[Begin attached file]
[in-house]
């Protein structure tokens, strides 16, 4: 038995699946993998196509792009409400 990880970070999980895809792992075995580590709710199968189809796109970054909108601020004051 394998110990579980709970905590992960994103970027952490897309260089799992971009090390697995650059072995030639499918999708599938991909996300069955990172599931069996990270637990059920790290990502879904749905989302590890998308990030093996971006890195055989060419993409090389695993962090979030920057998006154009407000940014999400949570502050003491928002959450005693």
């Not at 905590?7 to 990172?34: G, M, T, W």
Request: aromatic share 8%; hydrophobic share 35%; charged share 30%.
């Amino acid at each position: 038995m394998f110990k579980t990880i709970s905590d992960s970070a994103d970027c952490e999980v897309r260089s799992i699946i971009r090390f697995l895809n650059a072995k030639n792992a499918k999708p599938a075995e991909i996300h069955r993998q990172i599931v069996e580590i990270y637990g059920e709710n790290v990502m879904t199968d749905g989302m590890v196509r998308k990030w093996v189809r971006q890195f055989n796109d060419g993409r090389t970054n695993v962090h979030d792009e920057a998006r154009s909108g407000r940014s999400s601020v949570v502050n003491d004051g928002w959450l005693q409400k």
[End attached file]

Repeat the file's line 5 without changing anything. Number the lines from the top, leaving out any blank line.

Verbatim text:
């Amino acid at each position: 038995m394998f110990k579980t990880i709970s905590d992960s970070a994103d970027c952490e999980v897309r260089s799992i699946i971009r090390f697995l895809n650059a072995k030639n792992a499918k999708p599938a075995e991909i996300h069955r993998q990172i599931v069996e580590i990270y637990g059920e709710n790290v990502m879904t199968d749905g989302m590890v196509r998308k990030w093996v189809r971006q890195f055989n796109d060419g993409r090389t970054n695993v962090h979030d792009e920057a998006r154009s909108g407000r940014s999400s601020v949570v502050n003491d004051g928002w959450l005693q409400k």